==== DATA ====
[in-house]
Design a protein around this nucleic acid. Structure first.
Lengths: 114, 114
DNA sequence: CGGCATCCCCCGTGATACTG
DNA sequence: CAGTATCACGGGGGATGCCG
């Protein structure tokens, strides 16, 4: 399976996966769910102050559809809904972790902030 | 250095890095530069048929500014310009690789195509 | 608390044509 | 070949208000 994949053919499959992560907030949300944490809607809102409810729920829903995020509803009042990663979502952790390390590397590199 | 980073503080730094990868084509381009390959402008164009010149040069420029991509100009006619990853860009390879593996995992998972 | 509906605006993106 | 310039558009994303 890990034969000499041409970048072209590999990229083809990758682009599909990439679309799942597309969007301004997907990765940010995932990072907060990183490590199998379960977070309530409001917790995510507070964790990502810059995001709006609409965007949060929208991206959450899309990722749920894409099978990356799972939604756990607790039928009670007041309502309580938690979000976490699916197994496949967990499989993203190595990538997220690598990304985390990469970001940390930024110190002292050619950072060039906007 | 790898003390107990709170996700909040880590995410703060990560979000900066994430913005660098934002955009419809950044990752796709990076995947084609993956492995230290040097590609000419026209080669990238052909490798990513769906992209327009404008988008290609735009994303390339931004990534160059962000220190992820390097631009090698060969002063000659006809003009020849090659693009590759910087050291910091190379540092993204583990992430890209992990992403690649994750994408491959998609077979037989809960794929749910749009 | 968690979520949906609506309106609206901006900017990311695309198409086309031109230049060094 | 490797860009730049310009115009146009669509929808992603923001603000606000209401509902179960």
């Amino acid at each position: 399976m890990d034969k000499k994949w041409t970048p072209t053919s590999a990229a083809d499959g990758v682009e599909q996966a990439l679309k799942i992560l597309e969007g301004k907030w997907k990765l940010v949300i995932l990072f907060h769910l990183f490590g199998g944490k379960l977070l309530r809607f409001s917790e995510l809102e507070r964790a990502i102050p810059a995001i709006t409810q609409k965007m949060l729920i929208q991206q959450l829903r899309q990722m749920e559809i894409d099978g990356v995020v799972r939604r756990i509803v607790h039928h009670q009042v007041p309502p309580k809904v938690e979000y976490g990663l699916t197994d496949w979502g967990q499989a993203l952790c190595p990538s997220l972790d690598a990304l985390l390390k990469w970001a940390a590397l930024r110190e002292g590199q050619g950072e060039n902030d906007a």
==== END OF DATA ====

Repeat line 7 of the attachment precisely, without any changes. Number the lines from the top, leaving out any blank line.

């Amino acid at each position: 399976m890990d034969k000499k994949w041409t970048p072209t053919s590999a990229a083809d499959g990758v682009e599909q996966a990439l679309k799942i992560l597309e969007g301004k907030w997907k990765l940010v949300i995932l990072f907060h769910l990183f490590g199998g944490k379960l977070l309530r809607f409001s917790e995510l809102e507070r964790a990502i102050p810059a995001i709006t409810q609409k965007m949060l729920i929208q991206q959450l829903r899309q990722m749920e559809i894409d099978g990356v995020v799972r939604r756990i509803v607790h039928h009670q009042v007041p309502p309580k809904v938690e979000y976490g990663l699916t197994d496949w979502g967990q499989a993203l952790c190595p990538s997220l972790d690598a990304l985390l390390k990469w970001a940390a590397l930024r110190e002292g590199q050619g950072e060039n902030d906007a």